Kavya Trehan, Underscore: Ambiguity and Resplendent Creativity

Kavya Trehan’s newest single, Underscore, is an exploration on the nature of creative expression, love, and self-containment. Released in September of this year, the indie synth-pop track from the multi-talented Trehan, who also sings for MOSKO, breaks even with a series of other endeavours by Trehan over the last few years, including her track recorded with Nucleya and her extensive touring and performance with MOSKO. Trehan is also known for her fascinating fashion endeavours, having appeared in numerous art and fashion magazines, such as Verve and Platform.

The idea of art for the sake of art, in the sense of Dorian Gray, and art as mirroring life- the two not being strictly separate,  appears to be a recurring theme for Trehan, in her numerous creative endeavours, fashion or music, as well as in her newest single.

Underscore maintains a delicious ambiguity. The song opens with a hypnotic synth refrain that hooks the listener in the very beginning, following through the rest of the song, and slowly morphing into a higher treble that almost sounds like its about to break, before it is smoothed over by a wave of chords and the beginning of Trehan’s lovely alto. The single is certainly well constructed, complex, even, in its languorous synth progress that nevertheless moves towards something decisive. An element unnoticable at first, but more evident with some more time is its rich percussive base , playing with different, funky registers of percussive beats and the bass. What remains central, and is then added to, is the first synth refrain we hear in the beginning of the song.

Lyrically, the ambiguity is sustained by how a variety of themes can be encompassed within the song, which is sparsely worded. The song could well be about a failing relationship, or even, if considered in companionship with the video, about the idea of creative inspiration, and its evasive, temporary, nearly-always-slipping nature. In numerous points in the video, we see Trehan’s sensory voice cascading over her creative pursuits- she draws, and while her attention slips, the balloon flies away. Similarly, she bends down to tie her shoelace, only to have the balloon flutter away once again.  The balloon here could be a metaphor for a variety of things- it could be the idea of artistic stamina- persisting with an artistic pursuit long enough for its own sake. It could also be the idea of inspiration- evasive, easily lost, requiring a chase.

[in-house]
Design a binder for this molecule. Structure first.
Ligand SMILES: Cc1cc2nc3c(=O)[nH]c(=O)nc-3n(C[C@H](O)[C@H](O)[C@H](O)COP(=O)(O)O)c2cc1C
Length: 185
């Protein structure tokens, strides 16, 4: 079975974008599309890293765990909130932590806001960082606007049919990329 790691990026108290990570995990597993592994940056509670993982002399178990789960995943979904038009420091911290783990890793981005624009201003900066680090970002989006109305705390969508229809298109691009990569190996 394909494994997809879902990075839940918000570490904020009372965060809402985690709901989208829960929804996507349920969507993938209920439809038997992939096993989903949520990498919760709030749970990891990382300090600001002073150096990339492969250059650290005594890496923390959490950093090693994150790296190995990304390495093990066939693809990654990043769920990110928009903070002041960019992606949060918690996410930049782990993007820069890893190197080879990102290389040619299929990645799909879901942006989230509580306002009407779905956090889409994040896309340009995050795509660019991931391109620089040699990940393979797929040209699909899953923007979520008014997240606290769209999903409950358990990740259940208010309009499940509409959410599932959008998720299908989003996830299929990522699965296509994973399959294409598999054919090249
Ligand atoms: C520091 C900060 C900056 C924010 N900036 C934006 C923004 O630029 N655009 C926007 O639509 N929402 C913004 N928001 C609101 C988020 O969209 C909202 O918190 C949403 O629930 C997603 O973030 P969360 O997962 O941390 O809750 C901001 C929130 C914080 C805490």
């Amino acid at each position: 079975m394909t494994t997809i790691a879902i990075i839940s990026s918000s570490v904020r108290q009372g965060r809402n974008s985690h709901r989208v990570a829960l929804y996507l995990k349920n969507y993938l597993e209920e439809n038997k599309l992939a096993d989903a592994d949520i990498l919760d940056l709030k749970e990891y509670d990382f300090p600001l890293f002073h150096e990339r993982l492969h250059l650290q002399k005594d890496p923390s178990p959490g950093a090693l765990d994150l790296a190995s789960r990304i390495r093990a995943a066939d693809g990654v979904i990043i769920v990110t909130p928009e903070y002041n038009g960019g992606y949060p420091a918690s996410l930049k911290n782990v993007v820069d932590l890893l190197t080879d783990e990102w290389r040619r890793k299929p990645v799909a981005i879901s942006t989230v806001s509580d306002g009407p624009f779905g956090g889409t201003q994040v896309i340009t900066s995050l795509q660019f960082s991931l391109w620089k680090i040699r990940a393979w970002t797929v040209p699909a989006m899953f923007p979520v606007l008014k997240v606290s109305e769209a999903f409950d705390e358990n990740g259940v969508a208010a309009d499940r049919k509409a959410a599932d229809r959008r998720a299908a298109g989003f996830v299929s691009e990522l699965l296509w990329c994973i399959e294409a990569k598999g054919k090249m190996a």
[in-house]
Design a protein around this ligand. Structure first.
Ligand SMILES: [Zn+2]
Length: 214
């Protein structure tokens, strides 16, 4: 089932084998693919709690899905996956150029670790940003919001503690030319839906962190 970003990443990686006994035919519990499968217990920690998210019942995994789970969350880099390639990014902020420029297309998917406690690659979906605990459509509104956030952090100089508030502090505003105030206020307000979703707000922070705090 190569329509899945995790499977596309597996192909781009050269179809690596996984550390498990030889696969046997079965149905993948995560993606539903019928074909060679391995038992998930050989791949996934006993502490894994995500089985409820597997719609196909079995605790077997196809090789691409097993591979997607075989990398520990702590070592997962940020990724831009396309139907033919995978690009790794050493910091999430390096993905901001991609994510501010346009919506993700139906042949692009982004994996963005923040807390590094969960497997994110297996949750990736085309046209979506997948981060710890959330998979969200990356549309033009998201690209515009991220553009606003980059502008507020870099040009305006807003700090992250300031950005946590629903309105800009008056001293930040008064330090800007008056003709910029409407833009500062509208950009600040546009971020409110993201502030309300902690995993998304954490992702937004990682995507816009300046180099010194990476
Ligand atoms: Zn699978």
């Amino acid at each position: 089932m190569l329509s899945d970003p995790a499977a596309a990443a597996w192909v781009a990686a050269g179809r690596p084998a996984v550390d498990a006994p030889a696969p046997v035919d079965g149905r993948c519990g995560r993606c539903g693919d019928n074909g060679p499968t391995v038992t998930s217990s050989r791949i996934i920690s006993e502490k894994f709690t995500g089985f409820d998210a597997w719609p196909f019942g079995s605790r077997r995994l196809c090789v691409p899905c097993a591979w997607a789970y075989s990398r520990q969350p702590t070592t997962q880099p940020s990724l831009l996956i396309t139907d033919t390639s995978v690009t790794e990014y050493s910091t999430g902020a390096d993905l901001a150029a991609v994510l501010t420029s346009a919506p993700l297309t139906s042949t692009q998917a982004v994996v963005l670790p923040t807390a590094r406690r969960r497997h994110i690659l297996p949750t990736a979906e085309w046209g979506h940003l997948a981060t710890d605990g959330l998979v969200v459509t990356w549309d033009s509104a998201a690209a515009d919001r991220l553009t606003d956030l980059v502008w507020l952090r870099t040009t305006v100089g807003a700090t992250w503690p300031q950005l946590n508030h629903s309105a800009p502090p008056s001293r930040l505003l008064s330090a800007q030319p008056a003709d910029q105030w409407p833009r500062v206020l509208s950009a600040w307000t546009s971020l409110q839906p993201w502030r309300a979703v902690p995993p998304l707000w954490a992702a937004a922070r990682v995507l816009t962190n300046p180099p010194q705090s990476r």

Beautifully rendered by Shawn Thomas, in Los Angeles we see pastelized landscapes with a pastelized Trehan in the quest of this  balloon.

Even as the lyrics do not betray much, there is something about Underscore that sustains the air of the strangely atmospheric. The last scene, in which we see Trehan release the balloon into the air over a landscape of modern buildings overlooking dusk, is something reminiscent of a Studio Ghibli production, or a slice-of-life anime, perhaps Welcome to the NHK. And this is a feeling that remains constant throughout Trehan’s debut single- the idea of beauty for the sake of itself, and the aestheticization of the artistic process. While she skips along and bends to tie her shoelace, a cup is upturned, but yet beautifully retains the water within it- perhaps an allusion to the idea of a glass half full. In any case, the affect and effect of this points precisely to the meandering yet beautiful nature of this debut single. The pastelization adds to this effect, adding something more ambiguous than perhaps ‘happiness’, but more full than a definite categorization into darker emotions. Perhaps a meandering creativity fits the bill, but yet again even moving into a strict definition into what the song is ‘about’ keeps one from appreciating it.

There is something about Underscore, then, that makes it more ambiguous than difficult. Musically, it is a stunning debut, revealing a mature and practiced hand in the mixing of beats, and in its understanding of how the bass melds with the percussive, and the synth. The video by Thomas,(who has worked previously with artists such as Divine, Rajakumari as well as brands such as Adidas) only adds to this in its emphasis on the meandering, yet fruitful meandering of the isolated it follows through various landscapes.

Underscore, in its visual and auditory aspects, therefore, highlights an imaginative debut from an artist  we look forward to hearing more from, in her various endeavours- be they in fashion, film or music.

Text by Anandita Thakur.

Photos by Pritiza Barua.

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